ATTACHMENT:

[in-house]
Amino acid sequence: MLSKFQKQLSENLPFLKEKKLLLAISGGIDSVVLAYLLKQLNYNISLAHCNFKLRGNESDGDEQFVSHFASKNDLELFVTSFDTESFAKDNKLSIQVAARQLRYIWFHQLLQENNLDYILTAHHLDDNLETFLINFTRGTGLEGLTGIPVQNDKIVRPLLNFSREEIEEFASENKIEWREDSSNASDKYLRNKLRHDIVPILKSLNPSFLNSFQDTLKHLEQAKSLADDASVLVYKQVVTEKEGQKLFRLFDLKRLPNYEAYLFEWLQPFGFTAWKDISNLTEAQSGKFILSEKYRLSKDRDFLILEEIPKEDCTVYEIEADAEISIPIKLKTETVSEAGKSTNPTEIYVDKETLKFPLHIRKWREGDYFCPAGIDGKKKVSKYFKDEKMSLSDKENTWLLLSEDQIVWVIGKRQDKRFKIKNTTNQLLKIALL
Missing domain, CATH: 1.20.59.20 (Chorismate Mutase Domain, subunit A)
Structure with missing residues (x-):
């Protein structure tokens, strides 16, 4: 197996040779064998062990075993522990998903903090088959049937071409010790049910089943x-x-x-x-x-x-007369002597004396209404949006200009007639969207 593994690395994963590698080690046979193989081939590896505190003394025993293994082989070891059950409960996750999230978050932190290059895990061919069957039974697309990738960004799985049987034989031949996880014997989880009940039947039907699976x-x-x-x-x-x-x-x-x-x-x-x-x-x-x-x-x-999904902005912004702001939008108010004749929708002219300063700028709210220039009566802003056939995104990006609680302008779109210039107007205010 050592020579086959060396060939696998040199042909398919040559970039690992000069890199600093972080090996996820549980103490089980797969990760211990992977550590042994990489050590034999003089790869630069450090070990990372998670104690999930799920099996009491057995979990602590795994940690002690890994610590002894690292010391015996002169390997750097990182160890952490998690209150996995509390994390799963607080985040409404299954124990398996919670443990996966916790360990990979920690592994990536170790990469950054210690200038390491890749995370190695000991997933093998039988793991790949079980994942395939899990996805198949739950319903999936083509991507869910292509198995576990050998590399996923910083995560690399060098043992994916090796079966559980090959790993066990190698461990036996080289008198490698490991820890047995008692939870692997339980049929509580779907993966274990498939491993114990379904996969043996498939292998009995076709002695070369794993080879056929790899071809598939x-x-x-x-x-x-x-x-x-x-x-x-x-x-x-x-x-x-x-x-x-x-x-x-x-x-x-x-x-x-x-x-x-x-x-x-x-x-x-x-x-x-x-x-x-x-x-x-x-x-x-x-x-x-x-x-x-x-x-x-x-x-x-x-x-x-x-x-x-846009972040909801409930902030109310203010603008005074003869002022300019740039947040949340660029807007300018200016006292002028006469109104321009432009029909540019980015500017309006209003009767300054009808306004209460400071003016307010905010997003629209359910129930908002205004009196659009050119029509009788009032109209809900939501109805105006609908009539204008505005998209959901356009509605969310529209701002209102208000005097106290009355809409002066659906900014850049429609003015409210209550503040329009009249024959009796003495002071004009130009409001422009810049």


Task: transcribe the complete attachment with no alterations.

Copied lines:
[in-house]
Amino acid sequence: MLSKFQKQLSENLPFLKEKKLLLAISGGIDSVVLAYLLKQLNYNISLAHCNFKLRGNESDGDEQFVSHFASKNDLELFVTSFDTESFAKDNKLSIQVAARQLRYIWFHQLLQENNLDYILTAHHLDDNLETFLINFTRGTGLEGLTGIPVQNDKIVRPLLNFSREEIEEFASENKIEWREDSSNASDKYLRNKLRHDIVPILKSLNPSFLNSFQDTLKHLEQAKSLADDASVLVYKQVVTEKEGQKLFRLFDLKRLPNYEAYLFEWLQPFGFTAWKDISNLTEAQSGKFILSEKYRLSKDRDFLILEEIPKEDCTVYEIEADAEISIPIKLKTETVSEAGKSTNPTEIYVDKETLKFPLHIRKWREGDYFCPAGIDGKKKVSKYFKDEKMSLSDKENTWLLLSEDQIVWVIGKRQDKRFKIKNTTNQLLKIALL
Missing domain, CATH: 1.20.59.20 (Chorismate Mutase Domain, subunit A)
Structure with missing residues (x-):
């Protein structure tokens, strides 16, 4: 197996040779064998062990075993522990998903903090088959049937071409010790049910089943x-x-x-x-x-x-007369002597004396209404949006200009007639969207 593994690395994963590698080690046979193989081939590896505190003394025993293994082989070891059950409960996750999230978050932190290059895990061919069957039974697309990738960004799985049987034989031949996880014997989880009940039947039907699976x-x-x-x-x-x-x-x-x-x-x-x-x-x-x-x-x-999904902005912004702001939008108010004749929708002219300063700028709210220039009566802003056939995104990006609680302008779109210039107007205010 050592020579086959060396060939696998040199042909398919040559970039690992000069890199600093972080090996996820549980103490089980797969990760211990992977550590042994990489050590034999003089790869630069450090070990990372998670104690999930799920099996009491057995979990602590795994940690002690890994610590002894690292010391015996002169390997750097990182160890952490998690209150996995509390994390799963607080985040409404299954124990398996919670443990996966916790360990990979920690592994990536170790990469950054210690200038390491890749995370190695000991997933093998039988793991790949079980994942395939899990996805198949739950319903999936083509991507869910292509198995576990050998590399996923910083995560690399060098043992994916090796079966559980090959790993066990190698461990036996080289008198490698490991820890047995008692939870692997339980049929509580779907993966274990498939491993114990379904996969043996498939292998009995076709002695070369794993080879056929790899071809598939x-x-x-x-x-x-x-x-x-x-x-x-x-x-x-x-x-x-x-x-x-x-x-x-x-x-x-x-x-x-x-x-x-x-x-x-x-x-x-x-x-x-x-x-x-x-x-x-x-x-x-x-x-x-x-x-x-x-x-x-x-x-x-x-x-x-x-x-x-846009972040909801409930902030109310203010603008005074003869002022300019740039947040949340660029807007300018200016006292002028006469109104321009432009029909540019980015500017309006209003009767300054009808306004209460400071003016307010905010997003629209359910129930908002205004009196659009050119029509009788009032109209809900939501109805105006609908009539204008505005998209959901356009509605969310529209701002209102208000005097106290009355809409002066659906900014850049429609003015409210209550503040329009009249024959009796003495002071004009130009409001422009810049």